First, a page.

We often describe ourselves as craft magpies and are always on the lookout for exciting creative workshops and events.
We came across Megan Randall who runs Cobalt and Lustre through our connections with Thought Foundation. Megan's work is sold in their shop and having bought a few pieces we've been long admirers; she then exhibited at our Thoughtful Night Market in December (We're hoping that she is available for the Summer Edit too)! So, when we heard about the workshop 'Breakfast Mugs and Lovely Jugs' we were sold!
Megan has many strings to her bow; Cobalt and Lustre from which she sells beautiful products, teaches and leads workshops and also more concept lead work through www.meganrandall.com
The workshop was held in the Brain Space room at Thought Foundation. Everything was well set up and ready for the workshop guests when we arrived, this immediately let us know that we were in safe hands and it was no mean feat given the amount of kit that was involved!!
Megan introduced herself and told us a little about the material we would be using. There was a few examples of finished items to look at and Megan impressed on us that there is no right or wrong. For me a great thing was that we pretty much got straight into working with the clay. We decided if we were going to make a jug or mug and then chose from a choice of vessel's as the guide for our pieces.
There was loads of choice and I went for a tall and pretty wide cylinder to create a big jug! This meant that I needed to roll my clay quite large, I ended up with a strange cloud shaped piece of clay and should probably have concentrated on making it into more of a rectangle, the result was that Megan had to add a couple of pieces to ensure my jug would be the right size. Oh well, always learning!
The workshop was in stages so we didn't complete one full piece at a time. This was to allow the clay to dry to the right consistency to work with it at the next stage. Megan described the levels of dryness likening them to different cheeses - a woman I can totally get on board with #cheeselover!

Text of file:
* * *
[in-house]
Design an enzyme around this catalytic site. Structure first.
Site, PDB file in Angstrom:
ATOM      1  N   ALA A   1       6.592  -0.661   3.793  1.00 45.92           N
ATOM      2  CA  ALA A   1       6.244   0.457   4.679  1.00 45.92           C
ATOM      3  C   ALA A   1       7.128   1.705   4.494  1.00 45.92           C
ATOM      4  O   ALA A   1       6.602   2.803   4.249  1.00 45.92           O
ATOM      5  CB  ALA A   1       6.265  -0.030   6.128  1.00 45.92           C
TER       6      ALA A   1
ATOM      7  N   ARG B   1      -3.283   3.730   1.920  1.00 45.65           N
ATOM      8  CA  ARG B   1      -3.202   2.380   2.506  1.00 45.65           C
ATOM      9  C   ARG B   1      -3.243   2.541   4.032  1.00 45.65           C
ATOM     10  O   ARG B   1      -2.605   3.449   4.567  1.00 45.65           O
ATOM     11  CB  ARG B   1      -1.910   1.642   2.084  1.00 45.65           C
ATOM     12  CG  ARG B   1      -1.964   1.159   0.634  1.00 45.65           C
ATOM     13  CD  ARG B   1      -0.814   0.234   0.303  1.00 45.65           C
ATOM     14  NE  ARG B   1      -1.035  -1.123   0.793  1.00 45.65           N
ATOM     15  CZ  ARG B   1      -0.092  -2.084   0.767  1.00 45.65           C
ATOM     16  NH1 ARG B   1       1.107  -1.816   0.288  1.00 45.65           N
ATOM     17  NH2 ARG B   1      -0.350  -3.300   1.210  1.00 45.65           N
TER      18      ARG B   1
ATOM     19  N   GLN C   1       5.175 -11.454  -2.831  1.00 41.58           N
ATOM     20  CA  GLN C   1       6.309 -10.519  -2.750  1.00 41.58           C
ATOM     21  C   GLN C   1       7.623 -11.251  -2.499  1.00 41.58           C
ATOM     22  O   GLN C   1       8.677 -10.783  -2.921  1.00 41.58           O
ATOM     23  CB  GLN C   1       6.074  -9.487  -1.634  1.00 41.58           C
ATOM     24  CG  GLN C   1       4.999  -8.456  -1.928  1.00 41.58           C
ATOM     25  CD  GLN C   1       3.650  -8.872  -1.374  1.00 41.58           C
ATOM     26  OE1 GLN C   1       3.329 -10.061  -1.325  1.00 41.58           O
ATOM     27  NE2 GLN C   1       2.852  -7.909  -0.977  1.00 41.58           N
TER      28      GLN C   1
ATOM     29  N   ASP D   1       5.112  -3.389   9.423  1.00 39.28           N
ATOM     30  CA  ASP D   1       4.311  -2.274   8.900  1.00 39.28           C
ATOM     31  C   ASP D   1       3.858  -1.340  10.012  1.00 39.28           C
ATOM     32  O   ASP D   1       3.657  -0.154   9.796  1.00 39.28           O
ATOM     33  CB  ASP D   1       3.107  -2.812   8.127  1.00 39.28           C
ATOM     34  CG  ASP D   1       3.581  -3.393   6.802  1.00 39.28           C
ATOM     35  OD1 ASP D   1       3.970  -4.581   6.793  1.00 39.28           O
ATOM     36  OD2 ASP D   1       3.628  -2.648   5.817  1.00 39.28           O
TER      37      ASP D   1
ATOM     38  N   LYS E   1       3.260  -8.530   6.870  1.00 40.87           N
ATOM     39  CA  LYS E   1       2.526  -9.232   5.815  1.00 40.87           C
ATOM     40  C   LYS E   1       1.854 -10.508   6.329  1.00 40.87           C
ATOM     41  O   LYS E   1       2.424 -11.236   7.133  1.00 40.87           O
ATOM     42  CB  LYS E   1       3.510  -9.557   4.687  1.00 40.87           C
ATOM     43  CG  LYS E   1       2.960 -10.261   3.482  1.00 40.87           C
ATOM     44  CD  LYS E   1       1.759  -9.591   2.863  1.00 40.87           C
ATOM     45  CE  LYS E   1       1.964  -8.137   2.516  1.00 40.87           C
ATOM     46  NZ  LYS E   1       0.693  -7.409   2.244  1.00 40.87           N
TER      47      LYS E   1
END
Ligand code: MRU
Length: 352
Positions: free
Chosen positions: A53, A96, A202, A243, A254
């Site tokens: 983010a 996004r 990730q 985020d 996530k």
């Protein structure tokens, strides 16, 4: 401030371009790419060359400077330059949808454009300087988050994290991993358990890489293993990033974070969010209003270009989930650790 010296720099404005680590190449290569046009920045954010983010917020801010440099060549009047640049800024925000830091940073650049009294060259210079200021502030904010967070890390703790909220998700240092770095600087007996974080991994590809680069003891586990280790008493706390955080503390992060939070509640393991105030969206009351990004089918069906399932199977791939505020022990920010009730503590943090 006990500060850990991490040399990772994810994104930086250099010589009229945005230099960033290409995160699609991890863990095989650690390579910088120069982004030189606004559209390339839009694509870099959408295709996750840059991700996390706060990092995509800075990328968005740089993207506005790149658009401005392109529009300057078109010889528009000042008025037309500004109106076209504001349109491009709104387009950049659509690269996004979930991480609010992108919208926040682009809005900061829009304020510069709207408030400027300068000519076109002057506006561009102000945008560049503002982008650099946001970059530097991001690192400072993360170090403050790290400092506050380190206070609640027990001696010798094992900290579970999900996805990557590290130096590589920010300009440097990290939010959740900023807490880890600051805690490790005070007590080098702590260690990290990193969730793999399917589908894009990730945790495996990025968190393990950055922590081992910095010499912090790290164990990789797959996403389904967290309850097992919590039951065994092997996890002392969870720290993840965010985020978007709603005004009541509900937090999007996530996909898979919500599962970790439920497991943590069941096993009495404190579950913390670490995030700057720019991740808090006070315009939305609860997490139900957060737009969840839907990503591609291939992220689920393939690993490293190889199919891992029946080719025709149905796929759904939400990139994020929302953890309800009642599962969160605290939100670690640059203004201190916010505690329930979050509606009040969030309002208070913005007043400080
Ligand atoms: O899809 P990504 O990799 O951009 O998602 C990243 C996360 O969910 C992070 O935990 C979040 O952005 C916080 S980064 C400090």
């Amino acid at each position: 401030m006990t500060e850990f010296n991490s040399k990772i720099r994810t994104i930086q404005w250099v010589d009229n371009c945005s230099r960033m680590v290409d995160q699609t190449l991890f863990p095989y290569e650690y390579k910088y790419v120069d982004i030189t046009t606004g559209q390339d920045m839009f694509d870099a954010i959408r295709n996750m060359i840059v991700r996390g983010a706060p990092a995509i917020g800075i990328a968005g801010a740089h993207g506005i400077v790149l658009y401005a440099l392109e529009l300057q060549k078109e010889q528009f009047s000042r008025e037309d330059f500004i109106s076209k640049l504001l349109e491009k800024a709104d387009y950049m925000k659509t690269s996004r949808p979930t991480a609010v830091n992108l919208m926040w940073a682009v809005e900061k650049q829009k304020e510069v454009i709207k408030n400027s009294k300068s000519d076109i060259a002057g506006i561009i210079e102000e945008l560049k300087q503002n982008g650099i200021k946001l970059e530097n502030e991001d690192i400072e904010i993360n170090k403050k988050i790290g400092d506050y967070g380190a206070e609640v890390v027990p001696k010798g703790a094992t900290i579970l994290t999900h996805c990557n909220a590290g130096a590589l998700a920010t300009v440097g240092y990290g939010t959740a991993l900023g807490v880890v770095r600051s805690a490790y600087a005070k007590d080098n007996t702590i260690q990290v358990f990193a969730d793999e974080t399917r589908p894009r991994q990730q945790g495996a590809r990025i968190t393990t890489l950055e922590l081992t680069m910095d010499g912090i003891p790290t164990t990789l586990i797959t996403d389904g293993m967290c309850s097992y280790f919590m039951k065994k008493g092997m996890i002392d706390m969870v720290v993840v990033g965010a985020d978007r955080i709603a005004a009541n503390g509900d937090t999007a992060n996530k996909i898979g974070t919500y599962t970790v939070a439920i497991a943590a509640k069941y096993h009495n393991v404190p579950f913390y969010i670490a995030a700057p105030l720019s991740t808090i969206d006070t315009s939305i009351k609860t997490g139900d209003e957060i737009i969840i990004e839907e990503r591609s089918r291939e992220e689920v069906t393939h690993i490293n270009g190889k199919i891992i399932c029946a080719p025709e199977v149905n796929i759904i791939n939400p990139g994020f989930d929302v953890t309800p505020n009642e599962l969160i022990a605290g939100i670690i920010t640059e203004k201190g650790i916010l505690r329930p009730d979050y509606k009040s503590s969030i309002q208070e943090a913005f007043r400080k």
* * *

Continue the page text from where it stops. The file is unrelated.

Whilst the clay for the larger piece was drying we started making some coasters and a small bud vase. This allowed us to learn a little about decoration. For this Megan had an enviable array of Indian Print Blocks. As we run Block Parties (Block printing events) I was really keen to hear about them as they are an expensive commodity. Megan told me they are around 10p each in India; knowing how much we pay for them in the UK, I feel a Crafthood trip to India coming on!!
As with everything we did Megan highlighted that straight lines and 'perfection' are difficult to make in this type of ceramics. This completely suits my style (not being one for templates and uniformity); it meant that I had two differently shaped coasters. I didn't manage to get them the same thickness throughout and if I were to make them again I'd definitely spend a little time on this as I ended up creating uneven coasters which aren't great in terms of function. They look pretty though!
The bud vases we made were gorgeous and they gave us an excellent opportunity to practice some of the skills needed for our bigger piece. Specifically block printing, scratching, using slip and creating a join. It was also where we first got to use the different glazes.
Using the glazes was my favourite part of the workshop; I have previously done some glazing where the colour you are applying is completely different to the colour produced after firing. With Megan's glazes the colour used was a pretty good representation of the final colour; this made it a lot easier to visualise what the finished piece would look like.
The last thing to work on was the Jug, it was a very similar experience to making the bud vase but on a larger scale. I also got to make a spout! This was a cool experience as you see something moving from form to functionality, I was pretty chuffed with my spout and attaching it gave me a chance to learn some new skills around cutting out the clay and smoothing the join.
I decided that I wasn't going to attach a handle to my jug as knew that I wanted to use it as a paint brush pot. However watching Megan make an example of a handle was amazing. You realise the deft hands and skill that is required and next time I would definitely have a go at making something that needed a handle. Finally we decorated our pieces, I used a palette of varying shades of blue across my pieces (blue and white are total Crafthood favourites). As the jug was going to be used to store paint brushes I used a fork tool to create brush stroke style texture then went over them with the dark blue glaze.
From start to finish the workshop was relaxed, informative and practical. Our finished pieces were ready for collection a week after the event. Unfortunately one of my coasters had cracked and also my jug has a small crack which means it's not watertight; however my paintbrushes are now happy in their new home!
I'd heartily recommend Megan and her workshops; they are reasonably priced and an excellent way to spend a couple of hours.